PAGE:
Do you handle money in your job?

Are you, for example, a cashier or a checkout clerk?

If you answer "Yes," I have some advice for you.

Be on guard against the moneyswitching scam. If you don't have your wits about you, your register is going to be short about $19, and your boss is going to hold you responsible for the shortage.

The money-switch works like this: The con artist buys a low-price item (for example, a cup of coffee or a soft drink), and pays with a $20 bill.

The cashiner begins counting out $19 plus some silver in change, and after this money is on the counter the con says, "Oh, excuse me, I meant to pay for the drink with this, instead of with the twenty. Give me back the twenty and take it out of this."

He puts a crumple or rolled up greenback on the counter.

While the cashier is smoothing out the rolled up bill to find out what denomination it is, the hand and tongue become quicker than the eye. The substitute bill turns out to be a single, but the thief has already pocketed both the change for his twenty and the twenty itself, and by the time the cashier can say, "Hey, wait a minute," he is gone - or she is gone - and so is $19 in "change."

At this season of the year, many young people hold jobs. They are especially vulnerable to this ancient money-switching trick, but older cash handlers are also created with distressing frequency.

Whatever your age, if you handle money and deal with the public, heed this reminder: As soon as a customer begins switching from one piece of currency to another, let the alarm bells begin ringing in your mind.

The switching may be innocent, in rare cases, but the odds are that you are in the process of being shorn.

Your best defense is to put the customer's twenty on the ledge of your cash register and keep it there until you understand exactly what all the hocus-pocus is about.

Q & A

Thomas W. Cotton Jr. writes:

"Do you have any rational reason why we should not consider the sun to be our God?

"Our sun is the controller/governor of everything in our solar system. Nearly all of our energy comes from our sun.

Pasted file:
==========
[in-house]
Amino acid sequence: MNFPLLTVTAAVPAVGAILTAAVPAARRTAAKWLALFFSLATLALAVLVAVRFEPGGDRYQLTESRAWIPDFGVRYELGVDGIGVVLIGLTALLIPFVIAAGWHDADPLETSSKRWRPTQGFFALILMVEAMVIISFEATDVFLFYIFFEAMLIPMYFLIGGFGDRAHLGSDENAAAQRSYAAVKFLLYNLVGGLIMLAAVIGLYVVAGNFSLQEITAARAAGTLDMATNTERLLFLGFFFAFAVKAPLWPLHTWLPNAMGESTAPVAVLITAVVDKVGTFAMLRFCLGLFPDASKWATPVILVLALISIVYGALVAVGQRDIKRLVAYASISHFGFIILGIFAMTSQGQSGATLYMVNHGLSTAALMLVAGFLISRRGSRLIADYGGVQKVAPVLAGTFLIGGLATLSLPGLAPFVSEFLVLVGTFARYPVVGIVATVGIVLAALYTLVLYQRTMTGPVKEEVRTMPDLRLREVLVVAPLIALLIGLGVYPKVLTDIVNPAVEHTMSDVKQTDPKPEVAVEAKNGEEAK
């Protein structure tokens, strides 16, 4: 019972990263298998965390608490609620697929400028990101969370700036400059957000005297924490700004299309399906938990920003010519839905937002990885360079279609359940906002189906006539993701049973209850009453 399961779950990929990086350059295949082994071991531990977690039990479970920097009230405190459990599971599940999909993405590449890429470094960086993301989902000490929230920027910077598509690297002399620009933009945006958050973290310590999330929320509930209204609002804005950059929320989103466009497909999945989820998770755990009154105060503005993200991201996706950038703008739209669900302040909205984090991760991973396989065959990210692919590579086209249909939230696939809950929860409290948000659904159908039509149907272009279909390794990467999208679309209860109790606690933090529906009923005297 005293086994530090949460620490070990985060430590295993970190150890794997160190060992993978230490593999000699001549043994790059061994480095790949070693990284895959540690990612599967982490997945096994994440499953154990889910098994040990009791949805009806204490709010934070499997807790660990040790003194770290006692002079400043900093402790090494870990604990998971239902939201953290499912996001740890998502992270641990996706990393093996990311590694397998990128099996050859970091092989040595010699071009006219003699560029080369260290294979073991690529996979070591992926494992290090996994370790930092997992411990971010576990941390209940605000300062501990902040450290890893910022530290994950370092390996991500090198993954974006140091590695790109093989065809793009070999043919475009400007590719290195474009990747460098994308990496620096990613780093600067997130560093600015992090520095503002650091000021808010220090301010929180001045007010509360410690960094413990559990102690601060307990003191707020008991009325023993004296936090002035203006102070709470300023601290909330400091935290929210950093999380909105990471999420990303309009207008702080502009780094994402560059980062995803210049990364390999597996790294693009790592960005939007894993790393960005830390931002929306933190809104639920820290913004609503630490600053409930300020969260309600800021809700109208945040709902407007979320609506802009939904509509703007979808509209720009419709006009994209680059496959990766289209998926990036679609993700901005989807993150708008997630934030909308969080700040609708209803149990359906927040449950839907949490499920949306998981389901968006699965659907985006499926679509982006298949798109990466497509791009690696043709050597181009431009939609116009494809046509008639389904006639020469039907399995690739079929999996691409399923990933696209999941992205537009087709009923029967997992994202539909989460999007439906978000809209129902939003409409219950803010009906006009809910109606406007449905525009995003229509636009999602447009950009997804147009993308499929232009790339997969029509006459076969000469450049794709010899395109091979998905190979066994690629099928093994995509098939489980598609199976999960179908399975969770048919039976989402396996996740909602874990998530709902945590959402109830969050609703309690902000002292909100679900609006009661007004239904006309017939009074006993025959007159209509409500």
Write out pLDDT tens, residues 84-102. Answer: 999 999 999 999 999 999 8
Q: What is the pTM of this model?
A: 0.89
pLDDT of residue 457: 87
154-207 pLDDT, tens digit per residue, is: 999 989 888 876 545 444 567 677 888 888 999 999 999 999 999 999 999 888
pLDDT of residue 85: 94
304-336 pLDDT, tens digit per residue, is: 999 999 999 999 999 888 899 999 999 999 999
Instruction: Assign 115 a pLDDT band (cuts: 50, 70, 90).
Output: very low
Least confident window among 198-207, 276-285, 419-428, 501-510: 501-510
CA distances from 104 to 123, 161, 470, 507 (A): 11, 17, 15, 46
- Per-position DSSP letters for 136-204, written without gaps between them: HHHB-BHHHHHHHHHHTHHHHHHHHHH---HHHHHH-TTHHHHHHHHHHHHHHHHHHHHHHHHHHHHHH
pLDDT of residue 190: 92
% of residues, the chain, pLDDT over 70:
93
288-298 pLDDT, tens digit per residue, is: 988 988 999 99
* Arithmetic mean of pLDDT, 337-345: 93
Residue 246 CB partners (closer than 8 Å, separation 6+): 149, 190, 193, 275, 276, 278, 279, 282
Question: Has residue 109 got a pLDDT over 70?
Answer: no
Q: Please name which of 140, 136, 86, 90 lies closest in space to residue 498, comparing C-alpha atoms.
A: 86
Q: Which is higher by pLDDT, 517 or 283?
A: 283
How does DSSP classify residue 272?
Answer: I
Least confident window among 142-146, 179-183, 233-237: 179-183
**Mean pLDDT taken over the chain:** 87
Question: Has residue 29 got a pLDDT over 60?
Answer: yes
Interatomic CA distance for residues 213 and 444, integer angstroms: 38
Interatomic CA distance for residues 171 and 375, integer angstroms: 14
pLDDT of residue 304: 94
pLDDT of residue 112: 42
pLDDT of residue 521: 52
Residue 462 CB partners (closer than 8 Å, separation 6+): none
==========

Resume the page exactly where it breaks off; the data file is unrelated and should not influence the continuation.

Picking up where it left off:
"We have evidence for this, and anything else contrary to this is unsubstantiated conjectural hypocrisy of the first water - and we should not believe it. Please give me a direct answer to my direct question."

Sorry, Tom. I am not an expert on God or on any other subject except how to make a living without a lot of physical effort or heavy lifting.

If you want to believe that "our sun" is God, that's fine with me. However, your premise suggests that the millions of other suns that exist are also gods to the people who are sustained by their energy, and I find it difficult to adjust to this concept of millions of lower-case gods.

When I am told that the solar system was created by a Big Bang, not by God, I have to wonder what caused the big bang and what was the origin of the material that exploded. When I am told about amino acids and DNA and lightning, I must ask where these things came from. What brought them into being?

In short, I'll be glad to stop believing in unsubstantiated conjectural hypocrisy of the first water just as soon as somebody explains what the hydrogen and oxygen in that first water were created from.

Why do the elements exist? Why does anything exist? When one traces the antecedents of all matter to the very beginning, does he discover what was the antecedent of the antecedents? Was it the relatively puny sun in our solar system?

When our sun finally burns itself out, will that be the end of the cosmos? Will God be dead?

What a pity!


Colleague Jack Eisen tells me the special study commission that is wrestling with condominium conversion problems in the District of Columbia has produced the niftiest acronym of the year.

It has a subcommittee called the Tenants-Buyer Assistance Group.Insiders know it as "T-Bag."


David Rosoff of Springfield thinks one of Bob Orben's best quips is:

"If God had really wanted us to have enough oil, He never would have given us a Department of Energy."

David, that was not meant to be funny. Orben was in dead earnest when he said it.


Minority group: Those whom President Carter hasn't asked for advice since July 1.